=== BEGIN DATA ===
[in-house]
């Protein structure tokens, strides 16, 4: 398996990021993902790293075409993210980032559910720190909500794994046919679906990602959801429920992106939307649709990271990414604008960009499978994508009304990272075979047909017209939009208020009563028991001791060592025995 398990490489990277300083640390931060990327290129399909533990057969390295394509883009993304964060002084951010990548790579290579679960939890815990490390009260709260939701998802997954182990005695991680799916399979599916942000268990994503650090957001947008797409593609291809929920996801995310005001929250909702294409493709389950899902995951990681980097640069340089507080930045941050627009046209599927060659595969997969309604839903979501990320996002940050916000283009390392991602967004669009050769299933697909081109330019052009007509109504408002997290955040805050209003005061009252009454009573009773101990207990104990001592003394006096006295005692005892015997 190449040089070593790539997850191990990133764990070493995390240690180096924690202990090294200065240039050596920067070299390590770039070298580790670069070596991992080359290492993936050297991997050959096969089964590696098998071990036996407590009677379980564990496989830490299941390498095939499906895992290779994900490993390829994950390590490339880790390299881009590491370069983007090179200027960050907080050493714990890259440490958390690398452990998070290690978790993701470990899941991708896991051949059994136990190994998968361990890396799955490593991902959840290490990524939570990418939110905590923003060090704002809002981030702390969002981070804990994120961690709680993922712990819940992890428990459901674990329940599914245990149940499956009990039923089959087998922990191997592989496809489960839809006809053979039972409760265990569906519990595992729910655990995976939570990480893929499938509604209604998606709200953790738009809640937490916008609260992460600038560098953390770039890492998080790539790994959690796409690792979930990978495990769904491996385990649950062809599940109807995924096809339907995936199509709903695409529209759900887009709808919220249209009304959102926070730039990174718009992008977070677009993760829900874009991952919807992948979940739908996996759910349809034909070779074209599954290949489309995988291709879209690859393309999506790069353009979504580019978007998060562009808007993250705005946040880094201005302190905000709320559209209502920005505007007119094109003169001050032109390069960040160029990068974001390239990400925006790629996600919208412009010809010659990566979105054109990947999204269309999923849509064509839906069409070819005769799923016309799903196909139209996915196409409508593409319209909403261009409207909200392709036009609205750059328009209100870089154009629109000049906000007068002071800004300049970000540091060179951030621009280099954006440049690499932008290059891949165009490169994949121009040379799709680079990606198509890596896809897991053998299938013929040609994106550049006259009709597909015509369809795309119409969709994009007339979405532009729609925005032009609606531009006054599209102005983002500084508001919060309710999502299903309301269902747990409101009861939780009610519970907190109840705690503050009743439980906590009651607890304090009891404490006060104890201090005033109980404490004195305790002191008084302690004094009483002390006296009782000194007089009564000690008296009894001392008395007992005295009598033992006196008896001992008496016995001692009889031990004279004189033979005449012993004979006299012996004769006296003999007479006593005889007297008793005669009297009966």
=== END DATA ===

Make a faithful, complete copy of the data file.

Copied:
[in-house]
């Protein structure tokens, strides 16, 4: 398996990021993902790293075409993210980032559910720190909500794994046919679906990602959801429920992106939307649709990271990414604008960009499978994508009304990272075979047909017209939009208020009563028991001791060592025995 398990490489990277300083640390931060990327290129399909533990057969390295394509883009993304964060002084951010990548790579290579679960939890815990490390009260709260939701998802997954182990005695991680799916399979599916942000268990994503650090957001947008797409593609291809929920996801995310005001929250909702294409493709389950899902995951990681980097640069340089507080930045941050627009046209599927060659595969997969309604839903979501990320996002940050916000283009390392991602967004669009050769299933697909081109330019052009007509109504408002997290955040805050209003005061009252009454009573009773101990207990104990001592003394006096006295005692005892015997 190449040089070593790539997850191990990133764990070493995390240690180096924690202990090294200065240039050596920067070299390590770039070298580790670069070596991992080359290492993936050297991997050959096969089964590696098998071990036996407590009677379980564990496989830490299941390498095939499906895992290779994900490993390829994950390590490339880790390299881009590491370069983007090179200027960050907080050493714990890259440490958390690398452990998070290690978790993701470990899941991708896991051949059994136990190994998968361990890396799955490593991902959840290490990524939570990418939110905590923003060090704002809002981030702390969002981070804990994120961690709680993922712990819940992890428990459901674990329940599914245990149940499956009990039923089959087998922990191997592989496809489960839809006809053979039972409760265990569906519990595992729910655990995976939570990480893929499938509604209604998606709200953790738009809640937490916008609260992460600038560098953390770039890492998080790539790994959690796409690792979930990978495990769904491996385990649950062809599940109807995924096809339907995936199509709903695409529209759900887009709808919220249209009304959102926070730039990174718009992008977070677009993760829900874009991952919807992948979940739908996996759910349809034909070779074209599954290949489309995988291709879209690859393309999506790069353009979504580019978007998060562009808007993250705005946040880094201005302190905000709320559209209502920005505007007119094109003169001050032109390069960040160029990068974001390239990400925006790629996600919208412009010809010659990566979105054109990947999204269309999923849509064509839906069409070819005769799923016309799903196909139209996915196409409508593409319209909403261009409207909200392709036009609205750059328009209100870089154009629109000049906000007068002071800004300049970000540091060179951030621009280099954006440049690499932008290059891949165009490169994949121009040379799709680079990606198509890596896809897991053998299938013929040609994106550049006259009709597909015509369809795309119409969709994009007339979405532009729609925005032009609606531009006054599209102005983002500084508001919060309710999502299903309301269902747990409101009861939780009610519970907190109840705690503050009743439980906590009651607890304090009891404490006060104890201090005033109980404490004195305790002191008084302690004094009483002390006296009782000194007089009564000690008296009894001392008395007992005295009598033992006196008896001992008496016995001692009889031990004279004189033979005449012993004979006299012996004769006296003999007479006593005889007297008793005669009297009966």